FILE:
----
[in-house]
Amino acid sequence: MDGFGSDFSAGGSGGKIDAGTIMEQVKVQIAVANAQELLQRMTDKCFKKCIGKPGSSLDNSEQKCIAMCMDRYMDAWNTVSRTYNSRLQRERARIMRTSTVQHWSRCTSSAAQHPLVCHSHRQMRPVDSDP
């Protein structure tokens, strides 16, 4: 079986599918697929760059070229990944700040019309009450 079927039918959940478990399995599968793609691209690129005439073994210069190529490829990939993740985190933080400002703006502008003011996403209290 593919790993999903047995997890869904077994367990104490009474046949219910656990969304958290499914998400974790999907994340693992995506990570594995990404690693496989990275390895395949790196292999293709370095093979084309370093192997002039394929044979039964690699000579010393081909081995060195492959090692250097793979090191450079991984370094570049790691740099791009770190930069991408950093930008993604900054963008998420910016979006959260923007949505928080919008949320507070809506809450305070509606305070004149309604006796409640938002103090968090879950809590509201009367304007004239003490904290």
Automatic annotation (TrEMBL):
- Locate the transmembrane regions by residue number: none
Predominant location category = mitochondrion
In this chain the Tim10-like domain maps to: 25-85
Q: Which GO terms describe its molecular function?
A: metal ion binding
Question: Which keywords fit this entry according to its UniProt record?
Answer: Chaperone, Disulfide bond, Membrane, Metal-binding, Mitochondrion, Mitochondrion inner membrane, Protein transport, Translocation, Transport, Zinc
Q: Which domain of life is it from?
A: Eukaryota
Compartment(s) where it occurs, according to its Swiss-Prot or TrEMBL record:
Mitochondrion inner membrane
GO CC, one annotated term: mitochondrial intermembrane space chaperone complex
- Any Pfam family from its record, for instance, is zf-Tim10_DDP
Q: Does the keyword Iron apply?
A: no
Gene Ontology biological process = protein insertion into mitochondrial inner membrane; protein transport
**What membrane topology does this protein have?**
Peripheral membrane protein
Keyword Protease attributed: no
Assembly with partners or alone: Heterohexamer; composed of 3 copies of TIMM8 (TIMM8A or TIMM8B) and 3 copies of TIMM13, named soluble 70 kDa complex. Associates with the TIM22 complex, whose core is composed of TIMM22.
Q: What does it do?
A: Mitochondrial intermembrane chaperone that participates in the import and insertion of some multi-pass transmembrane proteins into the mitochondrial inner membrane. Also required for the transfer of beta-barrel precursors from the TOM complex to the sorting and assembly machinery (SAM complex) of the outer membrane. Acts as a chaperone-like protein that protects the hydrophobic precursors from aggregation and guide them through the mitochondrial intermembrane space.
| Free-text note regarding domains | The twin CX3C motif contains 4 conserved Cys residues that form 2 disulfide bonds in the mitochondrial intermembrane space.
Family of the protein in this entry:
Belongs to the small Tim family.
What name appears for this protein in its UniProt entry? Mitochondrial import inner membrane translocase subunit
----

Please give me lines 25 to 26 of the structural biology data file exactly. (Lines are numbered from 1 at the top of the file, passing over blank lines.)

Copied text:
Q: What does it do?
A: Mitochondrial intermembrane chaperone that participates in the import and insertion of some multi-pass transmembrane proteins into the mitochondrial inner membrane. Also required for the transfer of beta-barrel precursors from the TOM complex to the sorting and assembly machinery (SAM complex) of the outer membrane. Acts as a chaperone-like protein that protects the hydrophobic precursors from aggregation and guide them through the mitochondrial intermembrane space.